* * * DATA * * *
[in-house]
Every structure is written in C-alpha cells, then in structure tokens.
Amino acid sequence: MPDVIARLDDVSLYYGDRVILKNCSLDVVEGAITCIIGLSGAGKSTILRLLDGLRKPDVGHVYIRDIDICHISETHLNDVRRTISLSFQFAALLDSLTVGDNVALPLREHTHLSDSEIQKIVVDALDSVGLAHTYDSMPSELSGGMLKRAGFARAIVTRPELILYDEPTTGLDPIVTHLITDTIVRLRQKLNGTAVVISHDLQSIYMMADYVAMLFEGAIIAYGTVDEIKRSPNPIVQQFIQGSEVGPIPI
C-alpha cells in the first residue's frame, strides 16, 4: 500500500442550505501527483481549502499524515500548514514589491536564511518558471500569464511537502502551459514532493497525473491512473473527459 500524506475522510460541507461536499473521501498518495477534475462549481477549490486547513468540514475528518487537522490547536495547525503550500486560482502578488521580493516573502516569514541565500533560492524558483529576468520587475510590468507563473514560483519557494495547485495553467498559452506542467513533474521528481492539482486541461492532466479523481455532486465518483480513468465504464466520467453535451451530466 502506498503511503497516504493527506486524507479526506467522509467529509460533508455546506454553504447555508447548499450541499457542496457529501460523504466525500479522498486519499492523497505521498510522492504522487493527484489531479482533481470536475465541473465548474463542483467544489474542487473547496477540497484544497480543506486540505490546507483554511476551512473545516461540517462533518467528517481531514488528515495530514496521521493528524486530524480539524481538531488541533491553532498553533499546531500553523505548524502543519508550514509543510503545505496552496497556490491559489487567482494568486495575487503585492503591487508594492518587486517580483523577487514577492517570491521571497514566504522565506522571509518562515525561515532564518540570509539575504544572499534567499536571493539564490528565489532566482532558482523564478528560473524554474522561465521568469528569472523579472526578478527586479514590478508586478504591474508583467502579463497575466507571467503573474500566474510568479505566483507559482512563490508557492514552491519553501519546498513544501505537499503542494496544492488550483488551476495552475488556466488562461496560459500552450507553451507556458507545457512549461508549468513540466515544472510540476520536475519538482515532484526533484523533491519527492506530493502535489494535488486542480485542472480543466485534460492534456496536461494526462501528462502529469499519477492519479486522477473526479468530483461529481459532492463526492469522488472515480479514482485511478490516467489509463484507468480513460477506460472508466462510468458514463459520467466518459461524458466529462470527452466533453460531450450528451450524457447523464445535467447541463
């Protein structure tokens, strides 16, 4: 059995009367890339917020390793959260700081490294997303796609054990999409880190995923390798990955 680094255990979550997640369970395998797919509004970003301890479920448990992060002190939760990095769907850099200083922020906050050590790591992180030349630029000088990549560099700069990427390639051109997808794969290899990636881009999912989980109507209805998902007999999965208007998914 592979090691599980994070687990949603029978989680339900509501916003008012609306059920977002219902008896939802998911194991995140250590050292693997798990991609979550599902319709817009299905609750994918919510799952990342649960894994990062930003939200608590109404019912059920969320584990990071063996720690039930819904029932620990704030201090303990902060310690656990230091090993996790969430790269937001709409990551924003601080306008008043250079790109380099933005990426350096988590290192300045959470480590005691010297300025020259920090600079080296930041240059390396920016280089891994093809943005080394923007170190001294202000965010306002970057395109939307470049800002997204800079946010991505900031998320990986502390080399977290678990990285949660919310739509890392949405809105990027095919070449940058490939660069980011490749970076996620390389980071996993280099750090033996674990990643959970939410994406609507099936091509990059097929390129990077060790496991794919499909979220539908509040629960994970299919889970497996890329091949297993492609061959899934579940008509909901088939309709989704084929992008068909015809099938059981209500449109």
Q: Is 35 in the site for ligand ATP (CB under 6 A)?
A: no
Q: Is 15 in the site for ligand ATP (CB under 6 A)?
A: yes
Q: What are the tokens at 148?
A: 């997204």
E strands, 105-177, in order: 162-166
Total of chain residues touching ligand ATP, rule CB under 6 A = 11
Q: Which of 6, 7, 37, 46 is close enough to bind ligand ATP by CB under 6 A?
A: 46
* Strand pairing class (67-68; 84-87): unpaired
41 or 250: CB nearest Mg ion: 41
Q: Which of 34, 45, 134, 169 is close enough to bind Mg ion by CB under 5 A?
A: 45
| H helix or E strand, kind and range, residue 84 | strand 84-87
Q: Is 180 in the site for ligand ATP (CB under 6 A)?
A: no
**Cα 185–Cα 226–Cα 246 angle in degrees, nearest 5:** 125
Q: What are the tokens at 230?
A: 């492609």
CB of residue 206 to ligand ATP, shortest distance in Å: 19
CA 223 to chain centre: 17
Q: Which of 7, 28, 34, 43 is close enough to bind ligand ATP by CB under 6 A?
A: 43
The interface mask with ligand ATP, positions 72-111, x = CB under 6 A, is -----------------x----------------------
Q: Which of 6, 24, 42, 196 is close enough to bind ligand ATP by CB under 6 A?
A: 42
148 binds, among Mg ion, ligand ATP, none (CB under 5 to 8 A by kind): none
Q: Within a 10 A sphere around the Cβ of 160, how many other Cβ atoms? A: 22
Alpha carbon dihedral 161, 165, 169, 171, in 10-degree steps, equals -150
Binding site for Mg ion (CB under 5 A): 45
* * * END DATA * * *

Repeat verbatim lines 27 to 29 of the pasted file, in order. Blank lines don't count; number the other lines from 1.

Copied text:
CA 223 to chain centre: 17
Q: Which of 7, 28, 34, 43 is close enough to bind ligand ATP by CB under 6 A?
A: 43